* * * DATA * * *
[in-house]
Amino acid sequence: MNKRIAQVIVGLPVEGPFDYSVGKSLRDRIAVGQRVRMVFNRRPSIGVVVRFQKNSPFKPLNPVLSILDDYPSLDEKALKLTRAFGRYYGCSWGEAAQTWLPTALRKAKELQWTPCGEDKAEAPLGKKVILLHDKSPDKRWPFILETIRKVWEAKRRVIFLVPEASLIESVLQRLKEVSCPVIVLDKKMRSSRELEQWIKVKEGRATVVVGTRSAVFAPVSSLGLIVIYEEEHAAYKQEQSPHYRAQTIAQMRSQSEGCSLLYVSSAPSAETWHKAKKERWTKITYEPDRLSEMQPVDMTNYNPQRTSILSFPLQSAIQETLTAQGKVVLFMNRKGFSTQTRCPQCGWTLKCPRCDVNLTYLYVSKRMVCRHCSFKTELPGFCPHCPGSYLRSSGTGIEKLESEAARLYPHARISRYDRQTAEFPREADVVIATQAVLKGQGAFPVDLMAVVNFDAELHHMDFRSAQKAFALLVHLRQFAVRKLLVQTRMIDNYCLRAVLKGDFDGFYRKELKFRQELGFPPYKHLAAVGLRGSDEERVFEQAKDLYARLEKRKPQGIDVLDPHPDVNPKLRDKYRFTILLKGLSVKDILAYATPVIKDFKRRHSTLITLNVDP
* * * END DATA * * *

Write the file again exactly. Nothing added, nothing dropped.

[in-house]
Amino acid sequence: MNKRIAQVIVGLPVEGPFDYSVGKSLRDRIAVGQRVRMVFNRRPSIGVVVRFQKNSPFKPLNPVLSILDDYPSLDEKALKLTRAFGRYYGCSWGEAAQTWLPTALRKAKELQWTPCGEDKAEAPLGKKVILLHDKSPDKRWPFILETIRKVWEAKRRVIFLVPEASLIESVLQRLKEVSCPVIVLDKKMRSSRELEQWIKVKEGRATVVVGTRSAVFAPVSSLGLIVIYEEEHAAYKQEQSPHYRAQTIAQMRSQSEGCSLLYVSSAPSAETWHKAKKERWTKITYEPDRLSEMQPVDMTNYNPQRTSILSFPLQSAIQETLTAQGKVVLFMNRKGFSTQTRCPQCGWTLKCPRCDVNLTYLYVSKRMVCRHCSFKTELPGFCPHCPGSYLRSSGTGIEKLESEAARLYPHARISRYDRQTAEFPREADVVIATQAVLKGQGAFPVDLMAVVNFDAELHHMDFRSAQKAFALLVHLRQFAVRKLLVQTRMIDNYCLRAVLKGDFDGFYRKELKFRQELGFPPYKHLAAVGLRGSDEERVFEQAKDLYARLEKRKPQGIDVLDPHPDVNPKLRDKYRFTILLKGLSVKDILAYATPVIKDFKRRHSTLITLNVDP